On the design side, William McDonnough and Michael Braungart outline in Cradle To Cradle, how we have already mostly withdrawn from the Earth’s crust nearly all the minerals we’ll ever need to build, recycle and rebuild everything we have ever made. But we are dumping most of it in landfills, never to be recovered. Likewise, the U.N. has found we produce enough foodstuffs to feed 10 billion people, but globally, 30–40% of it all is wasted. Inefficiency, say McDonnough & Braungart, just shows a human failure of design. They propose re-designing everything to fit into either a technical cycle (for inorganic materials), or an organic cycle to replenish agriculture.
Third task: don’t just ask big donors for contributions. Ask for partnerships – to build U.S. infrastructure, address climate change, expand voting rights, improve social and economic equity. Democrats must constantly hammer the partnership angle. Republican donors answer to money, and want to privatize all government functions, even when they work better than private ones (e.g., Medicare, Social Security the V.A.).
Fourth task: Highlight partnerships across the country that are already building a new American future. As James Fallows reported in The Atlantic (May 2018), what really makes America great are our inclusiveness, expansiveness, opportunity, mobility, and the “open-ended struggle to make the nation a better version of itself.” Polls (Aspen Institute & others) show that, despite our bad national mood, Americans have rising faith in local governance.
Democrats can capitalize on these examples:
- The Welcoming Tennessee group founded in 2006 to celebrate how important immigrants and refugees were to Nashville’s economy has expanded into Welcoming America, that supports immigrant and refugee settlement in more than 50 cities.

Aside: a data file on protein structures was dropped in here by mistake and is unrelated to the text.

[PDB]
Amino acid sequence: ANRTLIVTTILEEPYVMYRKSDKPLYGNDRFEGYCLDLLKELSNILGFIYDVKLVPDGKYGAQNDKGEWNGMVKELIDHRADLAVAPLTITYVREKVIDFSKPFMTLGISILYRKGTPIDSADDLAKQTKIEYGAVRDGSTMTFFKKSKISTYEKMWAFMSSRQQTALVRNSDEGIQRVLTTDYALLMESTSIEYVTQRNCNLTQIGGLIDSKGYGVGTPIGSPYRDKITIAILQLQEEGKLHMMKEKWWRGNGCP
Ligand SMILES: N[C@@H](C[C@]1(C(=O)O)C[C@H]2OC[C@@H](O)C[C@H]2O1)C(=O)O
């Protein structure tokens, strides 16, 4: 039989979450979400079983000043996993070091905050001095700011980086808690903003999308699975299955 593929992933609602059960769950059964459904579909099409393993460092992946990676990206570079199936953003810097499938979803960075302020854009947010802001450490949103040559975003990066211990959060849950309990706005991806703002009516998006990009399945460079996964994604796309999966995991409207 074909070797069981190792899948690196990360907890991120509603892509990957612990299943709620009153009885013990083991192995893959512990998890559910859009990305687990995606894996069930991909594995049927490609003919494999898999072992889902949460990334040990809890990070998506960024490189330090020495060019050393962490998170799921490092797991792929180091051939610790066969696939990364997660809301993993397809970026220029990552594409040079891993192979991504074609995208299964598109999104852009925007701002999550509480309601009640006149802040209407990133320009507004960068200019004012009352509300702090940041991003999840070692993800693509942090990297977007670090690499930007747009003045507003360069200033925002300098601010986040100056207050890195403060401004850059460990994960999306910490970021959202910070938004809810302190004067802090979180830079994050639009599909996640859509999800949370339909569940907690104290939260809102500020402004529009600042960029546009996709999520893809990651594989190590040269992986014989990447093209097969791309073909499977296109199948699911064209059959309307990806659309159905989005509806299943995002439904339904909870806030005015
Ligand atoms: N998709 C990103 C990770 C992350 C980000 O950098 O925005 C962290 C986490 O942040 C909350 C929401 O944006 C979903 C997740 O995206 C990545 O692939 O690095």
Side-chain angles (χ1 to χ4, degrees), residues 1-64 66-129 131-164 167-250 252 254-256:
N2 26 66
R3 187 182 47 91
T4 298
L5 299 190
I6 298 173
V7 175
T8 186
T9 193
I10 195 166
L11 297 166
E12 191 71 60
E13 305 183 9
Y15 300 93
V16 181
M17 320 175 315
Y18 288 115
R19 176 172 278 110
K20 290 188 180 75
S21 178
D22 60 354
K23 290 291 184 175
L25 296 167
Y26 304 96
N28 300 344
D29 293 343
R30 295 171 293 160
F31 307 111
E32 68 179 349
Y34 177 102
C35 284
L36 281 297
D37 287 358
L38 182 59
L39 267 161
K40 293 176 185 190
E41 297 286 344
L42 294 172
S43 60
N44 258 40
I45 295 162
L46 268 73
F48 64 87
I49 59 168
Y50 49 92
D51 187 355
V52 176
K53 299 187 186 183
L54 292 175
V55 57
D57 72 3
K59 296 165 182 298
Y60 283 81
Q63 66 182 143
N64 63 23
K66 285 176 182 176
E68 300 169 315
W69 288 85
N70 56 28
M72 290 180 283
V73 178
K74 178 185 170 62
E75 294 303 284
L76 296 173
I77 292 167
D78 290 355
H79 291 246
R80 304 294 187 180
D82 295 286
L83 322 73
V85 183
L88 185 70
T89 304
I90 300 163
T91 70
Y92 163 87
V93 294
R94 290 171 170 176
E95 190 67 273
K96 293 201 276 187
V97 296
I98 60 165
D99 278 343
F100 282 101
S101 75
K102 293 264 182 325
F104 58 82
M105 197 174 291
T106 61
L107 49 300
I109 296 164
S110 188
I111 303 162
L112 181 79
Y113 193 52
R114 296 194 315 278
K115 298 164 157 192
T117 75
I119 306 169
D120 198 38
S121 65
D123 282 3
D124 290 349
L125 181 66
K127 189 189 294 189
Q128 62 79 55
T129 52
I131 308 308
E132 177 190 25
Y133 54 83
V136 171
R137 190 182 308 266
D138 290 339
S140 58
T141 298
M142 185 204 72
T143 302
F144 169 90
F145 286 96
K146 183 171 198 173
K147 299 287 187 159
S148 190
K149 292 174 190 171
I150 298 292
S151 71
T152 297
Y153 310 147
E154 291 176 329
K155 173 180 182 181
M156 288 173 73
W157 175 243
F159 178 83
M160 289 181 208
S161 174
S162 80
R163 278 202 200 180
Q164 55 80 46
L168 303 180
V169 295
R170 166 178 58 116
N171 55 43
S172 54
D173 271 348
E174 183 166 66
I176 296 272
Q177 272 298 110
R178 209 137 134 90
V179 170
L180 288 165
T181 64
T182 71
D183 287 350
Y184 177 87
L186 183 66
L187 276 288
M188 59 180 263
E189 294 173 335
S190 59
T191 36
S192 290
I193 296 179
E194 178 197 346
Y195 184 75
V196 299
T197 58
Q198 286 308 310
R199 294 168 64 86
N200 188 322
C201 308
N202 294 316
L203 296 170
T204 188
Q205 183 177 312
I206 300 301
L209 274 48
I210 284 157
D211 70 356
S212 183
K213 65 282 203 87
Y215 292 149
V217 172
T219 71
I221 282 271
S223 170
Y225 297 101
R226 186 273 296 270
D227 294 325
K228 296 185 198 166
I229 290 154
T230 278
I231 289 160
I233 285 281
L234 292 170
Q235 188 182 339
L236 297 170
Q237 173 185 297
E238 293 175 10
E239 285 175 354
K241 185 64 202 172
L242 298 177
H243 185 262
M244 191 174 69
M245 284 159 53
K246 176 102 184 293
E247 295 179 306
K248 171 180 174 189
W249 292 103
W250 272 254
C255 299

- Technology start-ups and businesses are dispersing across the country, to small and medium-sized towns that are working with entrepreneurs and centers of learning, and improving manufacturing, agriculture, medicine and more.
- Libraries are becoming learning and gathering hubs, as new centers of civic life.
- The federal government’s Manufacturing Extension Partnership, a modern counterpart to agricultural-extension programs, has now worked with more than 1,000 successful manufacturing start-ups around the country.
- Downtowns are being reinvented and revitalized.
- Conservation is alive – states, localities, and private donors are setting aside land for conservation at an impressive pace.
- Governors of 16 states, Puerto Rico, and nearly 400 mayors have committed to achieving Paris Climate Agreement goals. They represent more than half of U.S. economic output, and nearly 2/3 of U.S. population
Culminating task: Democrats! Tell the inspiring story of America. And OK – a benevolent monarchy isn’t that bad (Monaco; a parliamentary-style democracy is better (England – as AOC says, in one of those, she and Biden would be in different parties – but in this on, they aren’t). So the task is to find the overarching visions that inspire us all to work together.
Then ask for the sale!